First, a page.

Some Muslim polemicists argue that the creation of Israel was the West's revenge for the failure of the crusades. They point out that the Christians were eventually expelled from the Levant and argue that the Jews inevitably will suffer the same fate. The militant Islamic groups in the Middle East – Hamas and Hizbollah – both invoke the struggle between the crusaders and jihad in their efforts to liberate Palestine. Most pointedly of all, one name of Osama bin Laden's organisation is "The World Islamic Front against Jews and Crusaders'', bringing President Bush's rhetoric directly against the chief suspect for the events of last week.
While Western Europe has largely shaken off the legacy of the crusades, their impact elsewhere in the Christian world shows just how long-lasting and destructive they were. In 1204 the army of the Fourth Crusade sacked the Christian city of Constantinople, the heart of the Greek Orthodox Church. For many this marked the ultimate betrayal of a movement supposed to be directed against infidel.
Such was the ill-feeling generated by this event that the Greek Orthodox church has continued to inveigh against the papacy for sponsoring the attack. Hardliners described the Pope as "the grotesque, two-headed monster of Rome''. In May 2001, however, Pope John Paul II issued an unprecedented apology for the sacking of Constantinople during his visit to Greece. He expressed no such regrets for the crusades to the Holy Land, during his following visit to Syria.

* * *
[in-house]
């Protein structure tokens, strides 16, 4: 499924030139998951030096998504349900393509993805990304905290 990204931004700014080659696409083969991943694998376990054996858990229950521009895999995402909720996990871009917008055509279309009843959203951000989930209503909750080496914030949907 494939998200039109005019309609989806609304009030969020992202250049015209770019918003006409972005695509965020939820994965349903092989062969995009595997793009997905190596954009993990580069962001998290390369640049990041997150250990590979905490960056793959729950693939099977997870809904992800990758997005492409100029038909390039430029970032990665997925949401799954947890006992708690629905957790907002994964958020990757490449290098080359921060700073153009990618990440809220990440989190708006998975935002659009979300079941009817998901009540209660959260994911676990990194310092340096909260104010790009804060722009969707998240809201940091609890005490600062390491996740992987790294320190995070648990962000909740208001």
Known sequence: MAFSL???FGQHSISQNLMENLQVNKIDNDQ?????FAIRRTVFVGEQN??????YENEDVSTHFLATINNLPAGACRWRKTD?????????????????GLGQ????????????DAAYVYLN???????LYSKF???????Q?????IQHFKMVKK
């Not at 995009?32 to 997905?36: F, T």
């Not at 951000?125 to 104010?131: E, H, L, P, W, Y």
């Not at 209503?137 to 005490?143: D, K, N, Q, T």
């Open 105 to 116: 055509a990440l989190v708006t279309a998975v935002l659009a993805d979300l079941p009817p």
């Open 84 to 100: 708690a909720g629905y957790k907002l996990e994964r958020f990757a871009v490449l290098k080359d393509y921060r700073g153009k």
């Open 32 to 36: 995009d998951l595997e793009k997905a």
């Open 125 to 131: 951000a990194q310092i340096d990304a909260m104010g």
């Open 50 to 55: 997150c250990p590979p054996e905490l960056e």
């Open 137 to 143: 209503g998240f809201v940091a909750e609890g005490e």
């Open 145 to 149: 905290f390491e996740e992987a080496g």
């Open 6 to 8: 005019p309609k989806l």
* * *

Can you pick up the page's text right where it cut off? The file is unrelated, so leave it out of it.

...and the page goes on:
The West's apparent lack of regret for the crusades, the close identification of Israel with the crusader kingdom of Jerusalem and the memory of the atrocities committed against the Muslims of the Levant fan the flames of the jihad today. It is true that Westerners visiting countries such as Syria are made very welcome and, as individuals, feel relatively little sense of this anger. Yet at times of tension the old wounds reopen.
Saladin's successes provide a more than adequate example for his would-be successors to follow. As the West tries to work alongside Islamic countries, its leader would do well to be aware of the sensitivities aroused in his using the image of the crusade, and to speak with more care in future.
The writer is Senior Lecturer in Medieval History, Royal Holloway, University of London